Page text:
Fast-forward another five years. Your daughter turns 21 and she stays out all night partying with friends. You get misty-eyed remembering when she used to toddle around the house and take afternoon naps.
You ask yourself where the years went. What you wouldn't give to sit in your grandmother's rocking chair and sing your son to sleep one more time. You rummage through a stack of old VHS tapes in search of the one with the footage of your daughter getting on the school bus for her first day of kindergarten.
Parenting is a journey full of momentous occasions. Some of them are happy, some are sad and some are bittersweet. Moments don't have to end. As a parent, you can keep these moments alive by establishing family rituals.
For my son's first birthday, I bought a personalized audio cassette of a space creature singing Happy Birthday greetings to him from the moon. Every year on his birthday -- he's now had 23 of them -- that audio cassette awakens him only now he hears it via phone instead of outside his bedroom door. He grumbles about how juvenile it is, but I suspect he would be disappointed if one year I didn't play that birthday greeting for him at the crack of dawn.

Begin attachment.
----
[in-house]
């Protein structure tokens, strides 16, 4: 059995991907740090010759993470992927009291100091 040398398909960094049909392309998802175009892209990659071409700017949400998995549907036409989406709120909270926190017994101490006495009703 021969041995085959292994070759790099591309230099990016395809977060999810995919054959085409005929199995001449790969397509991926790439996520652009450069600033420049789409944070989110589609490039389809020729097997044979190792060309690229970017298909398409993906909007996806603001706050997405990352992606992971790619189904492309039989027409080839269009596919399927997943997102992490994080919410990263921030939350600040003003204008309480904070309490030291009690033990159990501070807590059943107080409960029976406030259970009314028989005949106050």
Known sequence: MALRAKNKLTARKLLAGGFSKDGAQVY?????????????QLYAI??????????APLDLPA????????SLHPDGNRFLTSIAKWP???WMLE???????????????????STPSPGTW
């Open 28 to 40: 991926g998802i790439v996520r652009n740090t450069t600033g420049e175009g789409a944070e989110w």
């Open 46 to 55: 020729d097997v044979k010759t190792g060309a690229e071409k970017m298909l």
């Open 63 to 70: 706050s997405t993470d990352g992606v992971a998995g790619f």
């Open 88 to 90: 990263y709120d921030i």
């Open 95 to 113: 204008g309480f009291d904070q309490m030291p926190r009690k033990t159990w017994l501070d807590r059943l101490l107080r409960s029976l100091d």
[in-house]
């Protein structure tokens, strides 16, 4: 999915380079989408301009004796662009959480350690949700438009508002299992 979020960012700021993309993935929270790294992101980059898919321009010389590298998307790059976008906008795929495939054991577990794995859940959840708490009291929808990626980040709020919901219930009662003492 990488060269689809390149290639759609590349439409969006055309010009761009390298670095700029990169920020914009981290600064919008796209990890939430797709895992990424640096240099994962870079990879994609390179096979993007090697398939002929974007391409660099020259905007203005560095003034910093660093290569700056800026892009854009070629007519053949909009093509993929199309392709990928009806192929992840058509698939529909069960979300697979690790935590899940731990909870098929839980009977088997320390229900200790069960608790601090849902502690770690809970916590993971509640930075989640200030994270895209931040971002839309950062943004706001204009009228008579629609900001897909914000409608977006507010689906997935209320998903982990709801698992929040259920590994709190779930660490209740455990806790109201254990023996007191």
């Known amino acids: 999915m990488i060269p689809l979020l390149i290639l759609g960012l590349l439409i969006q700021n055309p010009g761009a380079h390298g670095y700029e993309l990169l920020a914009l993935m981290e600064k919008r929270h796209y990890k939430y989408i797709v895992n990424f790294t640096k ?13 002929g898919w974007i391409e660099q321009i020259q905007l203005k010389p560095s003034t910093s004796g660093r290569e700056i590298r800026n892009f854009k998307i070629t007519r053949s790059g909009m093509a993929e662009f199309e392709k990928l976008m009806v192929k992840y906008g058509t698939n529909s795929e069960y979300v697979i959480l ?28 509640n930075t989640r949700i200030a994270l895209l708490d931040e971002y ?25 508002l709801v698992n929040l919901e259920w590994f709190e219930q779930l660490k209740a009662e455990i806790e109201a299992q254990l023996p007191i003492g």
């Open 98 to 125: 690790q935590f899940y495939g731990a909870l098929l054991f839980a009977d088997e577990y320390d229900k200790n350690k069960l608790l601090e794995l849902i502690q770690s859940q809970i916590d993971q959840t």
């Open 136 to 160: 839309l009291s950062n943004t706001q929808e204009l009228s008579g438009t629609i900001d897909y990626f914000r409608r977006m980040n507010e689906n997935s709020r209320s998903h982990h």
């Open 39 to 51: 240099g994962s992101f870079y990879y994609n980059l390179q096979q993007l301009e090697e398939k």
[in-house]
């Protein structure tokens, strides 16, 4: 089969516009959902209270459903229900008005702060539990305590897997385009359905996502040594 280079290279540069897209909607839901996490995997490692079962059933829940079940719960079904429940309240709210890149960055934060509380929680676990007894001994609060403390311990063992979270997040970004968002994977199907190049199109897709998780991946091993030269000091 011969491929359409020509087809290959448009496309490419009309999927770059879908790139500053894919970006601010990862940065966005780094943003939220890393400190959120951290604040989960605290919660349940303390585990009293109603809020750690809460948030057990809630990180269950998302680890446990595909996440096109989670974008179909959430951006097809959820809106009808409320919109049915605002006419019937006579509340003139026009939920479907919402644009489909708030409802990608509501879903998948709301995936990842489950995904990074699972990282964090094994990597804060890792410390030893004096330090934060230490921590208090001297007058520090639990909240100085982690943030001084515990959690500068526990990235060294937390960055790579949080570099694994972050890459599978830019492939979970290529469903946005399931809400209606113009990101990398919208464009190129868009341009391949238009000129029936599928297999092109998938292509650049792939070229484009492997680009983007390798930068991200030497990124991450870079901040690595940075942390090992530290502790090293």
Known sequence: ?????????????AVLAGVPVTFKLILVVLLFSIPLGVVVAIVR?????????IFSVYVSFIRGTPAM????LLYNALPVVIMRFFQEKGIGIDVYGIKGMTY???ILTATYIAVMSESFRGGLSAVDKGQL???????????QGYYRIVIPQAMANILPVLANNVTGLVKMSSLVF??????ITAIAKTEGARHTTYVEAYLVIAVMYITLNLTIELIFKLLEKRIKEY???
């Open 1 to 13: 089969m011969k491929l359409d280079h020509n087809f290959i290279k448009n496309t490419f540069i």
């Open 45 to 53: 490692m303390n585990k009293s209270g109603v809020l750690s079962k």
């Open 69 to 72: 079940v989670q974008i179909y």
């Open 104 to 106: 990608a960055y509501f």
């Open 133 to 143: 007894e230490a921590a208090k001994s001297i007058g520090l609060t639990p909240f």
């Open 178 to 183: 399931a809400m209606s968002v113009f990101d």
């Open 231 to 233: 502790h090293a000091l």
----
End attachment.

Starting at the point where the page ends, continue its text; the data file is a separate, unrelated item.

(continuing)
I always insisted my children eat dinner before they would go trick-or-treating on Halloween. I suppose the maternal side of me was convinced that dinner would cancel out the sugary treats they would be enjoying later that evening. The year my children were 2 and 4, I made Sloppy Joes and served them with barbecued potato chips and dill pickle spears. It was an easy dinner to prepare, and one they could eat quickly before heading out the door. I've made that same meal every Halloween for the past twenty plus years. My children are no longer around to enjoy it so I send them a text message with a photo attached of this year's Sloppy Joe dinner.
Each year on the first day of school, I would position my children on the front porch. With their new lunch box in one hand and their new backpack in the other, I would snap a photo that would go into the family photo album. The day I overheard my two teenagers flipping through a photo album, talking and laughing about those first-day-of-school photos, I paused, smiled and told myself that this moment is what parenting is all about.
Rituals can be serious. They can be funny. Rituals build memories that last forever. In times of stress or sadness, they can provide hope. Rituals give us something to look forward to. By incorporating rituals into your family life you will be adding another dimension to your parenting journey. Now sit back and enjoy the ride.